War of the Rebellion: Serial 032 Page 0237 Chapter XXXIV. SKIRMISH AT MADISON, ARK.

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ceived information that the enemy had collected in considerable force at Madison, and had blockaded the river. Arriving within about 2 miles of Madison, I discovered a load of cotton placed upon a conspicuous point on a high, sloping bank. Believing it to be a trap, I ordered the artillerymen to drop a few shell into the thick underbrush a short distance back of the cotton bales. I soon discovered, farther up on the slope, a large number of saddled horses, which convinced me that my suspicions were well founded.

I continued the shelling process, and, coming within nearer range, I swept the underbrush with canister. I then landed as rapidly as possible my entire force, leaving about one-half on the river bank by the boat as a reserve. The balance deployed as skirmishers and soon came upon the enemy, who had been previously scattered by our artillery. A running fight ensued, which resulted in the enemy retreating to the hills, leaving 4 of their dead upon the field.

In this skirmish Lieutenant [William C.] Niblack, of the Third Iowa Cavalry, received a severe buck-shot wound in the left breast while gallantly leading his cavalry. No other one on our side sustained any injury.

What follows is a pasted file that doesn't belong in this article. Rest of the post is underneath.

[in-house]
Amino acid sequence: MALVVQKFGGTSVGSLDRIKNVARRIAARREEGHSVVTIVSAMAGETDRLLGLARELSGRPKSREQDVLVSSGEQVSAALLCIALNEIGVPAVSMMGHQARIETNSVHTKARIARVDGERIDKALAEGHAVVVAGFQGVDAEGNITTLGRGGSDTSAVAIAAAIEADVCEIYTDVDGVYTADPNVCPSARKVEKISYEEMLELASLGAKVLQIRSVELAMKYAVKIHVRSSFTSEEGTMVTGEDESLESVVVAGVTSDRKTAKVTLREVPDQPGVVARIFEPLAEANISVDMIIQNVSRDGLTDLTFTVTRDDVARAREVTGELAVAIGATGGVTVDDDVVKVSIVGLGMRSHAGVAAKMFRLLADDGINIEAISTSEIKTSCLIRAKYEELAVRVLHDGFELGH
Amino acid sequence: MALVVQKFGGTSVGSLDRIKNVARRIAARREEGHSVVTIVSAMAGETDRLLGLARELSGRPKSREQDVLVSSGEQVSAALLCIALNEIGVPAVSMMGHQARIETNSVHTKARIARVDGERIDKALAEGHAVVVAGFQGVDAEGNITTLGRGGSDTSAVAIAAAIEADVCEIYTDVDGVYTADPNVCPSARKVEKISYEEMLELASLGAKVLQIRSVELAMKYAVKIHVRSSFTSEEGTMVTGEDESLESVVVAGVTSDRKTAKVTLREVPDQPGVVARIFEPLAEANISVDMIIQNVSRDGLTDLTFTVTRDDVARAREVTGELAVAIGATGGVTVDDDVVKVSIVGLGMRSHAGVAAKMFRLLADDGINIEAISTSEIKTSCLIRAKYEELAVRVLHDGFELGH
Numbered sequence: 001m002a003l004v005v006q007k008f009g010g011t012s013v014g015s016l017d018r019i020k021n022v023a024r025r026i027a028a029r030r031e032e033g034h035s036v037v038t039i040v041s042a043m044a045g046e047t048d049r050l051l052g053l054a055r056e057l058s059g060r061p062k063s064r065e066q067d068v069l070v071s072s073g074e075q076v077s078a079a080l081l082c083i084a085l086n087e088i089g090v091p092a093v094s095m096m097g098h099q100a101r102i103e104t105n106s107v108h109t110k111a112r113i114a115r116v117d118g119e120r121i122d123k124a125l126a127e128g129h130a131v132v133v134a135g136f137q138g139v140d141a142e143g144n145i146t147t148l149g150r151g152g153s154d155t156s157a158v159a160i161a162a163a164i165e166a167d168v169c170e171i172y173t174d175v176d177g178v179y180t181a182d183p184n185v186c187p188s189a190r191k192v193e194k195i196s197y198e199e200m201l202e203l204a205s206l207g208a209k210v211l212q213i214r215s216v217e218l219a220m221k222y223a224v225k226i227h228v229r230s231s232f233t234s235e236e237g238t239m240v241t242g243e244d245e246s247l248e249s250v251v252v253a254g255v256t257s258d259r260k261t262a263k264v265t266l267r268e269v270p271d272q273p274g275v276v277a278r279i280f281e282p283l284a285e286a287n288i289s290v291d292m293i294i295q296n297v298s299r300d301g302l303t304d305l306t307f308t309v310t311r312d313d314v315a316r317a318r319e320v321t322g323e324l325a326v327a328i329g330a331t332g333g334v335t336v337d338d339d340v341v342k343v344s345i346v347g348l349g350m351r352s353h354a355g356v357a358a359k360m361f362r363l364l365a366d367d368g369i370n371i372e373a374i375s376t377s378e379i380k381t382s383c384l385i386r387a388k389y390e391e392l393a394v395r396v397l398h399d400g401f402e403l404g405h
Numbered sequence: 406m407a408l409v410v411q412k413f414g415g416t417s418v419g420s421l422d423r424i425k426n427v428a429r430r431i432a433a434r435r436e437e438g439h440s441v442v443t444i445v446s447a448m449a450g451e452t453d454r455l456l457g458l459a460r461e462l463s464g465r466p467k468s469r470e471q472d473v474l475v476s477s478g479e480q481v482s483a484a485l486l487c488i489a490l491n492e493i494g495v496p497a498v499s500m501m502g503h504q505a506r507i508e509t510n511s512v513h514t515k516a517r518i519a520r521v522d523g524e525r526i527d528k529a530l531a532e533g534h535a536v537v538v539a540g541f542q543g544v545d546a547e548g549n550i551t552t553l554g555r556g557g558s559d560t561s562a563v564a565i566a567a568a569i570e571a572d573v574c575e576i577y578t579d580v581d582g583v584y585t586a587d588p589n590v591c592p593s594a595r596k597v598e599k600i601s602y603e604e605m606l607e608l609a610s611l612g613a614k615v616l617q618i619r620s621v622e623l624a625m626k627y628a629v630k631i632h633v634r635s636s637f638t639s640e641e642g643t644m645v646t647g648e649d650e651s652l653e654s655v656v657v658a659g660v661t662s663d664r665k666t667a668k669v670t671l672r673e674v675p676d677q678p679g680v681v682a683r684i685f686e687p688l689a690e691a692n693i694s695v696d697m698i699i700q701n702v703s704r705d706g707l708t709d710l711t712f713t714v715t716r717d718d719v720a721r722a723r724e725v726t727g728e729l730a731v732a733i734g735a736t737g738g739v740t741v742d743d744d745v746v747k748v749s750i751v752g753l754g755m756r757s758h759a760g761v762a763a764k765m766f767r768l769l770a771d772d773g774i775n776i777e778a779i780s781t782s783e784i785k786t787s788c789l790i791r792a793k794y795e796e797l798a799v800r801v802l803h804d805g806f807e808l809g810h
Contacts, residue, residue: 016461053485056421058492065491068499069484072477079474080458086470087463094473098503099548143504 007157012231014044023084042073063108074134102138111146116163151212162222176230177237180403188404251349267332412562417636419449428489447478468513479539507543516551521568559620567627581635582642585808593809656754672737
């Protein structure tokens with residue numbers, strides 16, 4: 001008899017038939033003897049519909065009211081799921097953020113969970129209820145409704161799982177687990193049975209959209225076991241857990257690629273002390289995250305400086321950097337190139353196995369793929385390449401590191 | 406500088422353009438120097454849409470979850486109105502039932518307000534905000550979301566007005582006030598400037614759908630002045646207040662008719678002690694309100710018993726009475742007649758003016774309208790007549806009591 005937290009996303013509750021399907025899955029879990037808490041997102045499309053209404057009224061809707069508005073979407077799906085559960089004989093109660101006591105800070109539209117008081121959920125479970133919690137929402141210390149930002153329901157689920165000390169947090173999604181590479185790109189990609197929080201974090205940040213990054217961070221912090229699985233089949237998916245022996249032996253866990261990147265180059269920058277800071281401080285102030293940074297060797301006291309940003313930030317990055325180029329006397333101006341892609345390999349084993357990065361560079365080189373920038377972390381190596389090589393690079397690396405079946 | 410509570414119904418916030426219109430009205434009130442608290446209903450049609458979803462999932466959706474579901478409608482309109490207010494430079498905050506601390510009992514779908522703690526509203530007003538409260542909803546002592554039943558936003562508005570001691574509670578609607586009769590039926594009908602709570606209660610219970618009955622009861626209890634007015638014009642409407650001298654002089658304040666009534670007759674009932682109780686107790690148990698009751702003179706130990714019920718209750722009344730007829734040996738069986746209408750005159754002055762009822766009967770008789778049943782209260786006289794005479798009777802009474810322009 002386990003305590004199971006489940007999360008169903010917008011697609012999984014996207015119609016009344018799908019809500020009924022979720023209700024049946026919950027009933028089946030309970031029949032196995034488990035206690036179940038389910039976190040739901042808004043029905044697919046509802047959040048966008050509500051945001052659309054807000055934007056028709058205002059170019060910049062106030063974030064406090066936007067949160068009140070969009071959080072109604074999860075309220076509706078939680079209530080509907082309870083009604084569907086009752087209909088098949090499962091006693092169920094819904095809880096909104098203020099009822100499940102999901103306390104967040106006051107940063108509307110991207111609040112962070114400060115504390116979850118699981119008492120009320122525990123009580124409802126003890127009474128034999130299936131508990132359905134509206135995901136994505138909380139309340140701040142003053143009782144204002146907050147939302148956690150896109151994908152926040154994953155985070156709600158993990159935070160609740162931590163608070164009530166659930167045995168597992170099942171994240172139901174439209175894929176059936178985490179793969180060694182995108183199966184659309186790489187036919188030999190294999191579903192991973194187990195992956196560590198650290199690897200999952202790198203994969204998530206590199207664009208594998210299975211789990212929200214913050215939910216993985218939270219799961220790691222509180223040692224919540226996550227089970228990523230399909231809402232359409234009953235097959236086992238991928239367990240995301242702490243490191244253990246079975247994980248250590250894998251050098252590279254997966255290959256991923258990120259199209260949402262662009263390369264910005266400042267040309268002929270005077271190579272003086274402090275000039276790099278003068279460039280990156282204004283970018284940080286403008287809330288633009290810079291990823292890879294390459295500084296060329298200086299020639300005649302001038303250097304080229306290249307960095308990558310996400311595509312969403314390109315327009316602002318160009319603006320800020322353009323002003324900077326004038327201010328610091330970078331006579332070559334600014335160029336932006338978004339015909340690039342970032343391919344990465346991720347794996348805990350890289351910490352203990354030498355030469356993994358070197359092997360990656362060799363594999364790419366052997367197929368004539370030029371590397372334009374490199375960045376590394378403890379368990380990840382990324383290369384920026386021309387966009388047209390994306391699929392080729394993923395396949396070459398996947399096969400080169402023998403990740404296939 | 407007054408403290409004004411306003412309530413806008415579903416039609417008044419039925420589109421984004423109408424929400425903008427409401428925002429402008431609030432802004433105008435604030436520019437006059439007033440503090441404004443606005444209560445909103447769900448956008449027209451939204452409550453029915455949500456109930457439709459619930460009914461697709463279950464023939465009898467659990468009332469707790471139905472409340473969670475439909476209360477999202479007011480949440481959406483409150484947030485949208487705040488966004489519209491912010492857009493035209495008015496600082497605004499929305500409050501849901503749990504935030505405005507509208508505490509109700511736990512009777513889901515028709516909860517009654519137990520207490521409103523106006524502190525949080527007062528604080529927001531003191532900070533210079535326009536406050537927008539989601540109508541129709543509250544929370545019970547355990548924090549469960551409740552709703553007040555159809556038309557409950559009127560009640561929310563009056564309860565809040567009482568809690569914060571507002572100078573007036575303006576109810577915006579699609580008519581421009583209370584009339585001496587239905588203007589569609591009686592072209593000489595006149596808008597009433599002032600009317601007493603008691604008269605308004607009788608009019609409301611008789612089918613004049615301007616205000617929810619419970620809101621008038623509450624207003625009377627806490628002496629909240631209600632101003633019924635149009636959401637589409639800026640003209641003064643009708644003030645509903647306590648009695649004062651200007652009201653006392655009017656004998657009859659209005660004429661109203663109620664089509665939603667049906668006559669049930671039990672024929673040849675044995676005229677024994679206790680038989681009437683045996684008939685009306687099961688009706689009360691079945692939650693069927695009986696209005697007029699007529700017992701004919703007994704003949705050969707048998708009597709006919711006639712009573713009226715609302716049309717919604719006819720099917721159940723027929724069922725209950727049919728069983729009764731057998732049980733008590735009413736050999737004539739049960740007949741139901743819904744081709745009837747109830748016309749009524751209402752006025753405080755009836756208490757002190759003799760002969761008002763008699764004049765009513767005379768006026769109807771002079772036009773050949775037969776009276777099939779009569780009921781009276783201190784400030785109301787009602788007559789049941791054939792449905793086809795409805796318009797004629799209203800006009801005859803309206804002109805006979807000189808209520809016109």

After securing the cotton used as a bait and some horses captured upon the field, I proceeded to Madison, where I found the river blockaded by means of a chain drawn between the piers of the railroad bridge. I landed above the brigade and sent out skirmishers to reconnoiter and cover the operations of a working party sent to remove the blockade. A little skirmishing ensued, and we captured 1 prisoner. My working party soon reported a safe passage through the blockade. I called in my skirmishers and without much difficulty cleared the bridge, which was no sooner accomplished than heavy volley saluted us from a canebreak on the right, where the enemy were posted behind log breastworks. After about 25 rounds from our field pieces, the enemy retreated in great confusion, and we experienced no further interruption between that point and Helena, where we arrived on the morning of the 12th, it being the seventh day out.

I cannot but speak in the highest terms of the manner in which the officers and men of the different detachments conducted themselves throughout. It was truly gratifying and well worthy of imitation.

We captured in all 46 prisoners, 10 of whom I paroled on account of being short of subsistence. The balance I have turned over to the provost-marshal-general.

The following is a list of captured property (contraband) and property seized for military purposes:

Cotton...............................bales.. 4

Sugar.............................hogsheads.. 15

Salt...............................barrels.. 13

Flour...................................do.. 2

Bacon...............................pounds..500

Horses...................................... 23

Mules....................................... 3

Quinine.............................ounces.. 80

Shot-guns, rifles &c., about................ 30

Percussion-caps.............................500

Sixty bales of cotton seized for military purposes, claimants of which were permitted to return with the expedition to represent their claims.

Having nothing further to report, I am, colonel, very respectfully, your obedient servant,

POWELL CLAYTON,

Colonel, Commanding.